A Waikato regional councillor has been banned from speaking to most council staff after his rant in a corridor left some employees in tears.
In a rare move Waikato Regional Council chairman Rimmington has written to councillor Fred Lichtwark telling him he can only liaise with the chief executive or council director relating to his council portfolios until further notice.
Lichtwark told the Herald it was a "storm in a teacup" and he had thrown a tantrum in the corridor on the way to the toilet last Thursday over general frustration.
The second-term councillor had just finished speaking with democracy staff about releasing a Local Government Official Information and Meetings Act (LGOIMA) request about him because it was exempt under the act if it was going to used for vindictive and malicious reasons. He told them he believed this was the case because the request was from someone he had been involved in an ongoing dispute with.
He said he walked away ranting about "this bloody council". It was not aimed at any particular staff member.
"I wasn't angry at anyone. It was just the process. In this job you can be guilty for doing bugger all just because someone assumes you might be doing it you get in the crap."
He has since apologised if he did offend anyone and said he thinks staff were most upset that he had told them he was more concerned about them releasing incorrect information than their KPIs.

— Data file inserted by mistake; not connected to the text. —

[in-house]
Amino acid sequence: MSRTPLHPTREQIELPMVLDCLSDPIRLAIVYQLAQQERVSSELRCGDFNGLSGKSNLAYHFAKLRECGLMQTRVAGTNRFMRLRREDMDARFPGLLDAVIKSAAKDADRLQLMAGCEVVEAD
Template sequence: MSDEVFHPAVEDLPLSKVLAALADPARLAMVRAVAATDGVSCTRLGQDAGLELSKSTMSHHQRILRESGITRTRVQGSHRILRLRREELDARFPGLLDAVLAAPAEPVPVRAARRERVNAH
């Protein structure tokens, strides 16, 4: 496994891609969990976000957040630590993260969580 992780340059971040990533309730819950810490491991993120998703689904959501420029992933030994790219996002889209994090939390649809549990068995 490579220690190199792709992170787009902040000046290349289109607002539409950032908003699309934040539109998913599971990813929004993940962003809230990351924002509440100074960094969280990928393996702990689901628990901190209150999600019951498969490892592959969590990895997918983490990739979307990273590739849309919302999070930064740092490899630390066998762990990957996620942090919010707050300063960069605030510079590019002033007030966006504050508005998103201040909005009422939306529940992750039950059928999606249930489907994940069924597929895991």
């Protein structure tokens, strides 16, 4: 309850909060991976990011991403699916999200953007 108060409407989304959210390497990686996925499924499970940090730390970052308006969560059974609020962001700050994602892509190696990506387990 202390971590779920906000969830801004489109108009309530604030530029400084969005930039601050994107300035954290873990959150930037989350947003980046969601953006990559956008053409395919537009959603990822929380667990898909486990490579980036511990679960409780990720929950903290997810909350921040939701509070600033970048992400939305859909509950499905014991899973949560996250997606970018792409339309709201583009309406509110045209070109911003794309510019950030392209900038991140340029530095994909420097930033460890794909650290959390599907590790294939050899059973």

"I'm not playing petty politics. I haven't done anything wrong. I haven't abused any staff. I was noisy going into the bathroom and someone has overheard that and made a deal over it and it's nothing."
He did not believe his new restrictions would change how he did his job.
Waikato Regional Council chairman Russ Rimmington confirmed he and the deputy chair met with Litchwark after an incident where he had raised his voice and upset staff.
As a result Lichtwark was now only allowed to speak with the director relating to his community restoration portfolio. Any other questions for staff had to be directed through the chief executive or chairman until further notice unless it was during a formal meeting.
"He's just got to ensure that he harnesses and narrows his questions and contact with the immediate staff that are in his portfolios."
Rimmington said he was a good councillor, but headstrong with strong opinions.
"We've resolved it and I expect better conduct from Fred and he's assured me he will do that. I think he's an outstanding councillor but he sometimes gets a bit overenthusiastic and he has to harness his enthusiasm and ensure all people are addressed appropriately."
Waikato Regional Council chief executive Vaughan Payne confirmed some staff members had been reduced to tears after the outburst.
Payne said the chief executive had the legislated right to manage communications between councillors and staff as required.
"While councillor Lichtwark has unreservedly apologised for the incident, the chief executive has a responsibility to ensure the health and wellbeing of staff and as such action was required. The chair agrees."
The restrictions will be reviewed next month.
In March, Lichtwark made headlines after he installed a blunt sign at the entrance of Raglan telling people who didn't live there to go home. The sign was removed within 24 hours by district council staff, claiming it did not show kindness.
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